If you read Paul's writings, you see that he was a brilliant logical thinker. If you're logical, then it will occur to you occasionally that perhaps you missed something; perhaps you're insane. Your logical mind challenges your irrational beliefs, and in this age of high tech and science that consistently throws religion under the bus, the battle for your faithful heart is waged moment to moment.

For instance, what do we Christians, who are taught only Jesus brings peace of mind, do with this kind of information published by a neurologist after research:
Based on new evidence culled from their brain-scan studies on memory patients and meditators, their Web-based survey of people's religious and spiritual experiences, and their analyses of adult drawings of God, neuroscientist Andrew Newberg, therapist Mark Robert Waldman, and their research team have concluded that active and positive spiritual belief changes the human brain for the better. What's more, actual faith isn't always necessary: atheists who meditate on positive imagery can obtain similar neurological benefits. (Andrew Newberg's site)
Do we dismiss it assuming Newberg has an anti-Christian agenda and so his science must be flawed? Do we say, "Ahh, but that's only further proof that a Creator has equipped us to believe in God even when we don't want to?"

In addition, a study of ancient archetypes may cause us to doubt, as Rachelle speaks of John Campbell's assertion of truth bearing myths. I saw the movie Watchmen over the weekend, for instance, and was reminded that the ancient Egyptian pharaohs believed in a final resurrection. That threw me for a second because that belief is also part of Christian doctrine, and it would be easy to hear that and think Christianity is just an amalgamation of ancient beliefs that powerful leaders know are effective for controlling the masses.

Yet, if I believe that, how can I explain some personal, very real experiences I've had with the presence of God. Do I walk away and say I imagined it all? If I accept that, then am I saying I was nuts? The mind is a tricky thing and why we believe whatever we believe may be rooted in our brain chemistry, but is it possible a higher power is behind that brain chemistry?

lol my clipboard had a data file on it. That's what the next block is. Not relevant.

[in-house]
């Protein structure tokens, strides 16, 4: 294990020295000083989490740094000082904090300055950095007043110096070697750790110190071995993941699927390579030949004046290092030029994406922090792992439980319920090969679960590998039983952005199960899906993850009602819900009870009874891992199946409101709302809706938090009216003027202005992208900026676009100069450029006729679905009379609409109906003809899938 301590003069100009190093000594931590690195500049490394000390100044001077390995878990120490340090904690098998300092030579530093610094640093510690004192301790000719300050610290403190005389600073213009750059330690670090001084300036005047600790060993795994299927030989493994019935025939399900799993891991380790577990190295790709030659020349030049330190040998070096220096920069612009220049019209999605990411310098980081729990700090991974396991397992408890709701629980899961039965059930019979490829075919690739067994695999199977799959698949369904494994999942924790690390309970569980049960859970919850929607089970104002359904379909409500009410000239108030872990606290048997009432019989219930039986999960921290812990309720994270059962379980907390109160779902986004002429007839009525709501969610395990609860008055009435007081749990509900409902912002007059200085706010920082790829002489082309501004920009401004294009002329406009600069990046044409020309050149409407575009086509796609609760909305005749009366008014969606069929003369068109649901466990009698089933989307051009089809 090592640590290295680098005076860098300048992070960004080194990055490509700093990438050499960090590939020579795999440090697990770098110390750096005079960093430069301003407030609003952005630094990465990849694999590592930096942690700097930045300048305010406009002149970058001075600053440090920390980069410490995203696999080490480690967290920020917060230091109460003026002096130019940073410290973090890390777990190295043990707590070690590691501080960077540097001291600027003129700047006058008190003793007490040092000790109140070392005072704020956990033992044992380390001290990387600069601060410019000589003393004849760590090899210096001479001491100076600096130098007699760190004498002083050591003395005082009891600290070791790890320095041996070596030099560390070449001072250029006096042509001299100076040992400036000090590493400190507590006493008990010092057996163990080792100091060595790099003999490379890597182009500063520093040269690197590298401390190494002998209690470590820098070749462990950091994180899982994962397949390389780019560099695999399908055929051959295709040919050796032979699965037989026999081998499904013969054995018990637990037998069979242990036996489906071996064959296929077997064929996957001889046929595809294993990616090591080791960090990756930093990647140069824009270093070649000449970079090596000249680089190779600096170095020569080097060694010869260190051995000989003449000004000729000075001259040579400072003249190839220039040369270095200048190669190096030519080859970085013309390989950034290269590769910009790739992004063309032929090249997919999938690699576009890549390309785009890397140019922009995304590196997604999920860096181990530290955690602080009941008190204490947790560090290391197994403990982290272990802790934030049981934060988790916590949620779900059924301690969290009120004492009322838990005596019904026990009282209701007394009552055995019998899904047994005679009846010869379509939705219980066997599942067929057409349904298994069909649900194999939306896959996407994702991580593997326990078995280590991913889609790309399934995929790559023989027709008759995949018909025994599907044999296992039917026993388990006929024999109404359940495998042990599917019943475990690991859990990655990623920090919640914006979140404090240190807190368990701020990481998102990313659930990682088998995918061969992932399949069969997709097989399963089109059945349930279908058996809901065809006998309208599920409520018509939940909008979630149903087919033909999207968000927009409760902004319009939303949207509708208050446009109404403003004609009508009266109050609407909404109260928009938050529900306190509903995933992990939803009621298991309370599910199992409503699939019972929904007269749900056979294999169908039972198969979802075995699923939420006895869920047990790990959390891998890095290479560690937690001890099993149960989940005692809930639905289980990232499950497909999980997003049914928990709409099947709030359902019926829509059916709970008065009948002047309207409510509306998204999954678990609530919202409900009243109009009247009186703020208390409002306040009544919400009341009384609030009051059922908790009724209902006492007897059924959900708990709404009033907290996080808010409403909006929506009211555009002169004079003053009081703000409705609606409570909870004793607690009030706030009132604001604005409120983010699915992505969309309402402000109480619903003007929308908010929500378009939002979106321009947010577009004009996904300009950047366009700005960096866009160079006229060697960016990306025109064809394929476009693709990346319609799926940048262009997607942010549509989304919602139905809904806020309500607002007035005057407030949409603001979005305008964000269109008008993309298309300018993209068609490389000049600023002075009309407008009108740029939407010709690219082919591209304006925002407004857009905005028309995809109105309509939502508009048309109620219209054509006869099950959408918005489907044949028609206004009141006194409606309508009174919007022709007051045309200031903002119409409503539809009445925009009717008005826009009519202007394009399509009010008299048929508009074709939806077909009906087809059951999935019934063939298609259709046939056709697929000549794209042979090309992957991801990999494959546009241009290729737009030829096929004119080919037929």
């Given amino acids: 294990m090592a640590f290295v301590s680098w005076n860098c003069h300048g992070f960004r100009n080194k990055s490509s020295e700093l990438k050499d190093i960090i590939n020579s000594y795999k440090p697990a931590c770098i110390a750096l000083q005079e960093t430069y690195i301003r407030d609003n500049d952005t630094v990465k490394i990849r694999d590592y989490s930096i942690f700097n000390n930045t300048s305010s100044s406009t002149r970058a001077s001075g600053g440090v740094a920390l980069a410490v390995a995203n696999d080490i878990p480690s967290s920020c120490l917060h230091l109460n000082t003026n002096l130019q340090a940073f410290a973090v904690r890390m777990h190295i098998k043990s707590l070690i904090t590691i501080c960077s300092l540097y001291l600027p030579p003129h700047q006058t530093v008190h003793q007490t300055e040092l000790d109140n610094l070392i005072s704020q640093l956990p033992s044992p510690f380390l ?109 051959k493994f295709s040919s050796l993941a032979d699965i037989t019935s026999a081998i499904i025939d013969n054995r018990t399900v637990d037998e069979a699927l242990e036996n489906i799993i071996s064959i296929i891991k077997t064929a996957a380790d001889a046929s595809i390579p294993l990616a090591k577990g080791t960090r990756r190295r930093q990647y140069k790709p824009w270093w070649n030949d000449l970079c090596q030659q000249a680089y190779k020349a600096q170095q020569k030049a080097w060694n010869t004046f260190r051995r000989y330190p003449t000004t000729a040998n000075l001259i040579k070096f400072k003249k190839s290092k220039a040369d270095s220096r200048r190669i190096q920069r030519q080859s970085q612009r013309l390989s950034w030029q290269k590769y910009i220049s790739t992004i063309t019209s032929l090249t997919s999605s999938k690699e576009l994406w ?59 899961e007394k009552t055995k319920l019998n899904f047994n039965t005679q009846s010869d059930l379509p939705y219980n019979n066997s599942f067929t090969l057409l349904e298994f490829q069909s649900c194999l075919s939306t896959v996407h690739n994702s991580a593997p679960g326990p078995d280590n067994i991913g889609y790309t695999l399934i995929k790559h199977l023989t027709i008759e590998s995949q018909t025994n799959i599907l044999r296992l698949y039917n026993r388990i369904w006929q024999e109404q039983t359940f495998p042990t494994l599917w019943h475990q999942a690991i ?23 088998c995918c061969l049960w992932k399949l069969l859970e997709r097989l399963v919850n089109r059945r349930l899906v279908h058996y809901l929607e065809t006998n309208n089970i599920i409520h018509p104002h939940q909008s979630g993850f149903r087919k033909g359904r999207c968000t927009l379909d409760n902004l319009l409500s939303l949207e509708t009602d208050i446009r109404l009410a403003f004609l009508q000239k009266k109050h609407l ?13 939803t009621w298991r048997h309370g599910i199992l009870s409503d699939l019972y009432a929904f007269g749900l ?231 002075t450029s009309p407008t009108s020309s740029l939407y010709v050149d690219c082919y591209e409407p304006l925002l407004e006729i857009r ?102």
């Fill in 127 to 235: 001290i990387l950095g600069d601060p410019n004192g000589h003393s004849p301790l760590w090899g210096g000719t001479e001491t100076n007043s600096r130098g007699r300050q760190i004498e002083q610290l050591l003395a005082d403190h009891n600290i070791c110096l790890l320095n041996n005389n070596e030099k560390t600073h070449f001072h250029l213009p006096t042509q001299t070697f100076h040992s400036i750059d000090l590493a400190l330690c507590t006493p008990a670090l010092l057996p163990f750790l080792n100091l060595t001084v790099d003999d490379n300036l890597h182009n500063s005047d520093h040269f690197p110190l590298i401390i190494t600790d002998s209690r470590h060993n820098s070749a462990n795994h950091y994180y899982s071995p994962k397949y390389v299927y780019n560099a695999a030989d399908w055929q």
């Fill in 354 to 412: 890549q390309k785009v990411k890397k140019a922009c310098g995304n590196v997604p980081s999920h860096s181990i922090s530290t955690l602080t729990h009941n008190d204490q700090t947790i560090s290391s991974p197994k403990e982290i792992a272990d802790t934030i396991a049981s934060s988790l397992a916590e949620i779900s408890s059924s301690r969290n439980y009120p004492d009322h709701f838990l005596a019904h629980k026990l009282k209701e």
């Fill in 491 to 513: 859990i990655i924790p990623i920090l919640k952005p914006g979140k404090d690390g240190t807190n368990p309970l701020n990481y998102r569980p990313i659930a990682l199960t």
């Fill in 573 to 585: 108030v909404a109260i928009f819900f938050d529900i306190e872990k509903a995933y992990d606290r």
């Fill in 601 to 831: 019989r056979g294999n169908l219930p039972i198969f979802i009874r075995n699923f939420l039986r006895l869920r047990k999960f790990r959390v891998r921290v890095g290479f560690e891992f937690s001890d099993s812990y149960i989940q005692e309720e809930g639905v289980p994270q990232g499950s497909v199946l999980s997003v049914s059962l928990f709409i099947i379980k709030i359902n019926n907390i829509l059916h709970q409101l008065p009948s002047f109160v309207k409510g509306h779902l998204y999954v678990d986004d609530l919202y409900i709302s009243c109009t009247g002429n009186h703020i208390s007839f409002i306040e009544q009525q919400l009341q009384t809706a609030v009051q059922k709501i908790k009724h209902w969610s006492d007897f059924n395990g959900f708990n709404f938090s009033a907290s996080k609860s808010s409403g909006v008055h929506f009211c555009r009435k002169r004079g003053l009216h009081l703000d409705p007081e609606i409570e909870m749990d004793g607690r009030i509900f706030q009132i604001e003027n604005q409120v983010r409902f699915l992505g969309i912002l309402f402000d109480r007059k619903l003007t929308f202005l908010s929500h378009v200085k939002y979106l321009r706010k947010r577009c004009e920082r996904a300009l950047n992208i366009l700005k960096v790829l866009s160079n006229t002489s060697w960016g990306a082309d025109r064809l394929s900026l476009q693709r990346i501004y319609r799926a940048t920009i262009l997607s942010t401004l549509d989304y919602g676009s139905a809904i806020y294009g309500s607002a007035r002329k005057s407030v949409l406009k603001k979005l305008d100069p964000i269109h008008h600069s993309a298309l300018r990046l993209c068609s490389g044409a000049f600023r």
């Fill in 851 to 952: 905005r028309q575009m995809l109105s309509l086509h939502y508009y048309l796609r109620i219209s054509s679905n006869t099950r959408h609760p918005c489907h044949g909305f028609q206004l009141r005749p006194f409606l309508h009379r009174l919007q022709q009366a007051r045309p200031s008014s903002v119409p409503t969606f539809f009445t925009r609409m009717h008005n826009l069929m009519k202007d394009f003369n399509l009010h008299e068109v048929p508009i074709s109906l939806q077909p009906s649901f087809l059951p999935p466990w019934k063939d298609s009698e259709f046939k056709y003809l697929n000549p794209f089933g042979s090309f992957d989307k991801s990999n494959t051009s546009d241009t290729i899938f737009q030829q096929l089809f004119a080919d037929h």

I know there are people who would disagree with what I've said or anything that appears to support faith in anything much less faith in Jesus as Messiah because they don't believe in anything they can't see and they see myriad details daily that they believe points elsewhere. It's also hard for people who've been completely immersed in beliefs different from belief in Jesus to do anything other than dismiss what I'm saying. Their brains are screaming, "Oh, listen to her. That's crazy talk! She's uninformed."

I told Rachelle in comments that ultimately we believe what we want to believe, and it occurs to me that perhaps we also beleive what's convenient for us to believe. The number of proofs that support our faith or proofs that don't support it matter less than we think. Case in point, I read Josh McDowell's book Evidence that Demands a Verdict, and it made sense to me. But I can also see holes in what he says because my mind's wheels are always spinning. Is this why we have to let go and surrender to the mystery of God because it takes a power beyond us to stop our spinning?

McDowell's updated his book and much of what he says still makes sense from what I see in his lecture on video. Perhaps I'll pick up the latest copy, open my Bible, pray for more than 30 seconds and brainwash myself in the power of God. If it gives me peace of mind, ain't nobody's business but my own.



Part Two   ||  Part Three

1 comment:

Zane Wetzel said...

I find it interesting where you say
Quote:
"It's hard to hold onto faith if you don't make a commitment to immerse yourself in scripture, surround yourself with other believers, and stay on your knees speaking to the Invisible. But then I ask myself why must I practice daily self-brainwashing to maintain my faith?"

I know of a lot of believers in this exact predicament. It is not easy to do all this and really search hard enough to truly know God. You said that it is the love of God that drives you to know Him, however I know many people don't feel any love from God. maybe they just dont understand His love, but they often blame Him for bad things that happen. You hear it all the time when someone says "How could God let this happen?". I think there must be more of a reason to really search to Know God. I have been studying with some friends and we believe that times are coming in this world where it's going to be very vital to know Him and why he is doing what he is doing.

I have a great desire to help bring this country back to God. oh by the way, do you know any true Prophets?